Become a Master:
Mastering figurative langauge not only will score you A’s on your poetry exams, but can serve you well later on in life, especially if you decide to become a lawyer. Here’s what you need to know:
- Recognize and master the many types of figurative language used in poetry:
- metaphor – a comparison between two seemingly unlike things. Examples of poems containing metaphors abound.
- simile – a comparison between two seemingly unlike things using like or as. Examples of poems containing similes abound.
- personification – giving human characteristics to inanimate objects. Examples of poems using personification abound.
- allusion – a reference to a famous person, event, or other literary work. Examples will follow.
- apostrophe – a speech given to an inanimate object, an idea, or someone who is dead. Examples will follow.
- hyperbole – a deliberate exaggeration. Examples will follow.
- meiosis – a deliberate understatement. Examples will follow.
- pun – when a word or phrase is used with two different meanings.
- You should be able to identify examples of figurative language in poetry on your own.
- You should be able to explain the purpose for the figurative language and analyze how it contributes to the theme of the poem.
- You should be able to write poetry using figurative language.
- You should be able to use figurative language in your own writing to communicate more clearly.
Once you are able to own figurative language and use it to present your ideas clearly, you can become a master of language. Let’s begin by analyzing the following examples to test your newly found skills.
Figure of Speech: Allusion
Examples: Pallas Athena, Greek goddess of war and wisdom; The Night’s Plutonian Shore, a reference to the underworld in Roman Mythology; Balm of Gilead, a reference to the book of Job in the Old Testament; The raven, a mystical mythological bird.
Analysis: “The Raven” is a melancholy poem, and what could be more melancholy than a raven, a pitch black, magical bird that portends death, arriving from Pluto’s realm in the underworld. The bust of Pallas on which the raven alights adds to the ancient feel to the narrator’s tale. His question, “Is there balm in Gilead?” alludes to Job from the Old Testament, who suffered the insufferable and hints at the internal pain suffered by the narrator on account of Lenore’s death.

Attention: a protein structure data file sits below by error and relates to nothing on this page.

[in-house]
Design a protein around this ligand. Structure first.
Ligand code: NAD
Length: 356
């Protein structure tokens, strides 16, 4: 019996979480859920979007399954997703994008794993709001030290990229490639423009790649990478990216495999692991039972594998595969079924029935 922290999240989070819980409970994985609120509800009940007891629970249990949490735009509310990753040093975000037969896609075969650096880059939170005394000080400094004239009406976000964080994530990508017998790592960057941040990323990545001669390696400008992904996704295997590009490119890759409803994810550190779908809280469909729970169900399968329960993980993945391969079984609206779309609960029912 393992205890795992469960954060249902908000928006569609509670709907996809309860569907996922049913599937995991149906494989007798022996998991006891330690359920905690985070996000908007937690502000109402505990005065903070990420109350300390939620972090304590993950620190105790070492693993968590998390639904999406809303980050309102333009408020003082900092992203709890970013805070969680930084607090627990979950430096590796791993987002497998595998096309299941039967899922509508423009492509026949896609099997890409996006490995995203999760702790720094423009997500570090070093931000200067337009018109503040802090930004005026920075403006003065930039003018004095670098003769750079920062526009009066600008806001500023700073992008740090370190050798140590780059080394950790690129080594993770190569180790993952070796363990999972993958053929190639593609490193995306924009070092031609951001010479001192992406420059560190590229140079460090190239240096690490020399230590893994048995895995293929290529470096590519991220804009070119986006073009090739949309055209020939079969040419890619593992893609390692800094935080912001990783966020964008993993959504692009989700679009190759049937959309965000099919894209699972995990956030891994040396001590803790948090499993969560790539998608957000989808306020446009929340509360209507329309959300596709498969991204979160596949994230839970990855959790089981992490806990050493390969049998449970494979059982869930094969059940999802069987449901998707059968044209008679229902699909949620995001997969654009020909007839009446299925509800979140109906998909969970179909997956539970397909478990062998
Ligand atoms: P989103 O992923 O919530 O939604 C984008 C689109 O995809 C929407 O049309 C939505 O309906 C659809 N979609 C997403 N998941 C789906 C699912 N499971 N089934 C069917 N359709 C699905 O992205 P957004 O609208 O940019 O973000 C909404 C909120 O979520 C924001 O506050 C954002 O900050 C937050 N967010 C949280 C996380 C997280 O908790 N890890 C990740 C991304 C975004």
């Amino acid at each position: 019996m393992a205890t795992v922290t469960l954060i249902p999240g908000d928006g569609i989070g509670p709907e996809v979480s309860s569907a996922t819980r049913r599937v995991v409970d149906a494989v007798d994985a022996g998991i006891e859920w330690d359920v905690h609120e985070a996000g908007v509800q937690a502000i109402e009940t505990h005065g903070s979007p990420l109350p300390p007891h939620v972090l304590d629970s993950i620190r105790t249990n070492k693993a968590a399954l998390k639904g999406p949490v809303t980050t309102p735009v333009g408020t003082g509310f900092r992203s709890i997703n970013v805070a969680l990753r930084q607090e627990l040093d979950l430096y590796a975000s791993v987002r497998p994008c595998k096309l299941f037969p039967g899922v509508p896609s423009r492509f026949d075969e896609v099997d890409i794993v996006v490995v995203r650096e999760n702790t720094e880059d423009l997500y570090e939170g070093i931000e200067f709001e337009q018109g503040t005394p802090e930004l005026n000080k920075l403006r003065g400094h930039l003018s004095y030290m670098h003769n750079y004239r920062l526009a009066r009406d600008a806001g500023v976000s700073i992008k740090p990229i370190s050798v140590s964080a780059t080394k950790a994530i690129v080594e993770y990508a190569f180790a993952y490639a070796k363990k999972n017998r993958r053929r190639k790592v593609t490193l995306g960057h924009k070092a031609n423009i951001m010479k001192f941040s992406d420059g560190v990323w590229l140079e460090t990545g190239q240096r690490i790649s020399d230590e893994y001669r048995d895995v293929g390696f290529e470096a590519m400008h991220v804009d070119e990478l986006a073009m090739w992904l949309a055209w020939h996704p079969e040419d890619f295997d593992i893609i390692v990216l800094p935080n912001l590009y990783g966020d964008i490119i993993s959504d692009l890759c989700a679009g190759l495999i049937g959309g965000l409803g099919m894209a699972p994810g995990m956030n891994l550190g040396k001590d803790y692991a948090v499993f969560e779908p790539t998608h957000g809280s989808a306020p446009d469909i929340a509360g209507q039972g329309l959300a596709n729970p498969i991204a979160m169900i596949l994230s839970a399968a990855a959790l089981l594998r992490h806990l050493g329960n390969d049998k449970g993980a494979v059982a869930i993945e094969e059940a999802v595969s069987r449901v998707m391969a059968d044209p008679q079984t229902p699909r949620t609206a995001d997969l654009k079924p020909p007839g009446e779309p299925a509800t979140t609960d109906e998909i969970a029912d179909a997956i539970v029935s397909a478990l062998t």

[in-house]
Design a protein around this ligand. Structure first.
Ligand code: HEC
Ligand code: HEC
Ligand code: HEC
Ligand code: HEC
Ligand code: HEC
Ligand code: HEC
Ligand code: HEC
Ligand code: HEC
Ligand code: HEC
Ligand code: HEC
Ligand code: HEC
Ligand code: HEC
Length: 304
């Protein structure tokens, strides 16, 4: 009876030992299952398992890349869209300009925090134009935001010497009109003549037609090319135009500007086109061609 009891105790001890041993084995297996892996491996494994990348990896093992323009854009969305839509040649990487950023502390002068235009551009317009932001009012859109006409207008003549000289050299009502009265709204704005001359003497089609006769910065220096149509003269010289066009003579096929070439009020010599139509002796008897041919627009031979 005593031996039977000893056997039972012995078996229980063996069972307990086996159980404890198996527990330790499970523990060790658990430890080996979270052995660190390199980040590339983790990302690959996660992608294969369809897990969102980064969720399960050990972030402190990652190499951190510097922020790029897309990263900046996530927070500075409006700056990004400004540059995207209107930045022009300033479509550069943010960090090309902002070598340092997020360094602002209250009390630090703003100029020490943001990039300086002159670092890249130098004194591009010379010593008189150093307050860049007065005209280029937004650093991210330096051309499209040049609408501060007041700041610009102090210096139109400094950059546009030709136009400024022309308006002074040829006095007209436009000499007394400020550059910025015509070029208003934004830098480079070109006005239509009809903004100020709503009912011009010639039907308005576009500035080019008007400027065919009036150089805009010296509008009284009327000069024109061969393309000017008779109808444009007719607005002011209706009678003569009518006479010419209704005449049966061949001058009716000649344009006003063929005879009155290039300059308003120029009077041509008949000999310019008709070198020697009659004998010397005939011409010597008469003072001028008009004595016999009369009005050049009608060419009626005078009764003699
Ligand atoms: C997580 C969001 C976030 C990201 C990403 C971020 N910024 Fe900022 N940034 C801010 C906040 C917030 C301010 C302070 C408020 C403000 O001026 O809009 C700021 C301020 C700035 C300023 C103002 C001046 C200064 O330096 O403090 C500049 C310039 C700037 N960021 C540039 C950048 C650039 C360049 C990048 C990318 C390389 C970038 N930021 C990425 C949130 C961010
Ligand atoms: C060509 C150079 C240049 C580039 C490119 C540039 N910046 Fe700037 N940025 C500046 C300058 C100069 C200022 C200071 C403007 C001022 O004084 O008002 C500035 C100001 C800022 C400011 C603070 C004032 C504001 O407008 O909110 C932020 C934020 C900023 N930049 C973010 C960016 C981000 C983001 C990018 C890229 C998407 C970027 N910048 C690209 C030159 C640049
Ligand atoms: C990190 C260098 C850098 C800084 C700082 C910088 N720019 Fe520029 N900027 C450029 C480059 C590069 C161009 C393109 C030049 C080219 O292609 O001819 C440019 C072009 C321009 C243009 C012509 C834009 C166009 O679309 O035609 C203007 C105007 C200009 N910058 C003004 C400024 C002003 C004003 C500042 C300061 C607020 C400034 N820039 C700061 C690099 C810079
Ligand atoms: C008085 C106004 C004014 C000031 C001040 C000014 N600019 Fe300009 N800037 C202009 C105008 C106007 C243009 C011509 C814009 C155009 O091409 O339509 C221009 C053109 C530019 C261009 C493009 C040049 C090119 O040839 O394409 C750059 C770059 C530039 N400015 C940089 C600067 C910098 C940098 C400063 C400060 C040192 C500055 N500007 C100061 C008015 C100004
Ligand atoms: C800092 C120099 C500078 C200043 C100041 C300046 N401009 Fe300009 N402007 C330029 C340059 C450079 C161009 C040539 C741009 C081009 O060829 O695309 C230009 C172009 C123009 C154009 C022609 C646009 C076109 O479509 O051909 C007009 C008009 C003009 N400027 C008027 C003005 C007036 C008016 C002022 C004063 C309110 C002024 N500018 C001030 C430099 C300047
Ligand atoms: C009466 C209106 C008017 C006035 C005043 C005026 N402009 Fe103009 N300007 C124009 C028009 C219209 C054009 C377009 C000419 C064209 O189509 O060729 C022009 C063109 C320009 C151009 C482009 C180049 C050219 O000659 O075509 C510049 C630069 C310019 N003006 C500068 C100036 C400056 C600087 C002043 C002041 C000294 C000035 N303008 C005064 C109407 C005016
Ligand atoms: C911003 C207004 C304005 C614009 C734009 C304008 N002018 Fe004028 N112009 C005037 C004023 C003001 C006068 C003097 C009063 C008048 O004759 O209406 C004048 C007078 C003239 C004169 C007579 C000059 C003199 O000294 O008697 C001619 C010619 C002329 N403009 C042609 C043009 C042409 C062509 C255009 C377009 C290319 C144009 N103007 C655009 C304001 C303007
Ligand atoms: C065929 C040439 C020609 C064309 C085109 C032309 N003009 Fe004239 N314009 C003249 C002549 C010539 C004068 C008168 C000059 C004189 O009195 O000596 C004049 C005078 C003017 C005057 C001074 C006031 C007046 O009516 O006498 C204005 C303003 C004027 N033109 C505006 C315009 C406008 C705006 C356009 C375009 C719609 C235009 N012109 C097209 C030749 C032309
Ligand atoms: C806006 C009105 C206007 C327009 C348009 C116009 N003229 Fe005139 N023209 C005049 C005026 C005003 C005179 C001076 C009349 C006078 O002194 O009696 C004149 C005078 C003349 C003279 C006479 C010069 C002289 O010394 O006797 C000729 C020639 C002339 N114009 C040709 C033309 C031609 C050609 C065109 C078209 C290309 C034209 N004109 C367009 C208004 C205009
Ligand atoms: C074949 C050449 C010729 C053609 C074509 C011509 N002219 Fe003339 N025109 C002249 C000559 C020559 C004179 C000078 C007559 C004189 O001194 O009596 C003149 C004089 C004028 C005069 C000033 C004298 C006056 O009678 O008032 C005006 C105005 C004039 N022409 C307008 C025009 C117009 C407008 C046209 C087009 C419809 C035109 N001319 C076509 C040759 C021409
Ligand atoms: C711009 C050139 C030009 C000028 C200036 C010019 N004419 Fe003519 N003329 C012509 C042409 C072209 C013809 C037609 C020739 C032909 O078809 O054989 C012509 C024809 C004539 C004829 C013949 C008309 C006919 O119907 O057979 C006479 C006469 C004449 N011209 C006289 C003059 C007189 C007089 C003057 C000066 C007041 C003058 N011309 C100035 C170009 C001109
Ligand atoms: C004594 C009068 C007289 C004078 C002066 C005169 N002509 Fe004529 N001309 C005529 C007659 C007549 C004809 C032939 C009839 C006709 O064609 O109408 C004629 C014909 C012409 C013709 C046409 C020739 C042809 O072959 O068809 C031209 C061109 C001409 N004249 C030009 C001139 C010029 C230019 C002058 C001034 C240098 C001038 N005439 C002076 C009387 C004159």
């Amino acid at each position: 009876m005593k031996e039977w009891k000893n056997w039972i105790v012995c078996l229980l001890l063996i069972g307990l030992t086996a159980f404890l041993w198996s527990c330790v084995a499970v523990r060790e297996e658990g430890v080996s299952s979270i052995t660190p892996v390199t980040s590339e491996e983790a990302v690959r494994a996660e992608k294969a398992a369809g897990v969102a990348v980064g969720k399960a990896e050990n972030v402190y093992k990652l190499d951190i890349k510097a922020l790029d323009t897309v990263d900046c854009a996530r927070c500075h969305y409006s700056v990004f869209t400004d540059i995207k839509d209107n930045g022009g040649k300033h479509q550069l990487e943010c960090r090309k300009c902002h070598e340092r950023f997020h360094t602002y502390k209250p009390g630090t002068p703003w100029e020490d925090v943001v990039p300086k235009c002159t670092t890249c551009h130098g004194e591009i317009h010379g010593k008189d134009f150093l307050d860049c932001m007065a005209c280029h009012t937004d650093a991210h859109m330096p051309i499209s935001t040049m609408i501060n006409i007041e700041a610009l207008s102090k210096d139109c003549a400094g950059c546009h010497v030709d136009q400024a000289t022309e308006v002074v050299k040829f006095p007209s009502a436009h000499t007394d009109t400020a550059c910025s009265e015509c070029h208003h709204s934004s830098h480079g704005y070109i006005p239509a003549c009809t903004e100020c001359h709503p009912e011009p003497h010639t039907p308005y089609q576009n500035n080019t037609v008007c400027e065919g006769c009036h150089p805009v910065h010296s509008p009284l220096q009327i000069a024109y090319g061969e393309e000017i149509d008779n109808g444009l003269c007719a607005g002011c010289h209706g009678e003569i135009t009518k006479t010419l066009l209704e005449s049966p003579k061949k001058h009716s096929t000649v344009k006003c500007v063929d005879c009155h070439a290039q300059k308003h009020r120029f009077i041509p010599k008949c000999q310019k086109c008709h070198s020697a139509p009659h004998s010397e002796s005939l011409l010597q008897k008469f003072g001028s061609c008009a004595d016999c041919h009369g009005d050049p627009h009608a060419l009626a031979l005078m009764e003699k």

For a more complex poem using allusion, try “The Love Song of J. ALfred Prufrock” by T.S. Eliot.
Figure of Speech: Hyperbole
Example: The entire poem
Analysis: Nothing suits hyperbole more than a love poem. Burns claims he will love his “bonnie lass” till all the seas dry up, the rocks melt with the sun, and the sands of life run dry. Wow! He also claims he would walk 10,000 miles to see his true love again.
For another example, check out “Auguries of Innocence” by William Blake
Figure of Speech: Apostrophe
Example: THOU still unravish’d bride of quietness, / Thou foster-child of Silence and slow Time, / Sylvan historian, who canst thus express / A flowery tale more sweetly than our rhyme:
Analysis: Keats begins the ode by directly addressing the artist who painted the picture on the urn. He comments on the art and questions the images throughout the poem.
Try another ode if you need more examples.
Figure of Speech: Meiosis
Example: But if it had to perish twice, / I think I know enough of hate / To say that for destruction ice / Is also great / And would suffice.
Analysis: The entire poem’s understatement is emphasized with its last word, suffice, which means to be adequate. The destruction of the world, however, would take more than an adequate disaster.
This post is part of the series: Analyzing the Elements of Poetry
- Examples of Imagery in Poetry with Analysis
- Examples of Similes in Poetry and a Study Guide
- Poetry Analysis Study Guide: Examples of Metaphors in Poetry
- Examples of Personification in Poetry with Analysis
- Examples of Poetry Using Figurative Language with Analysis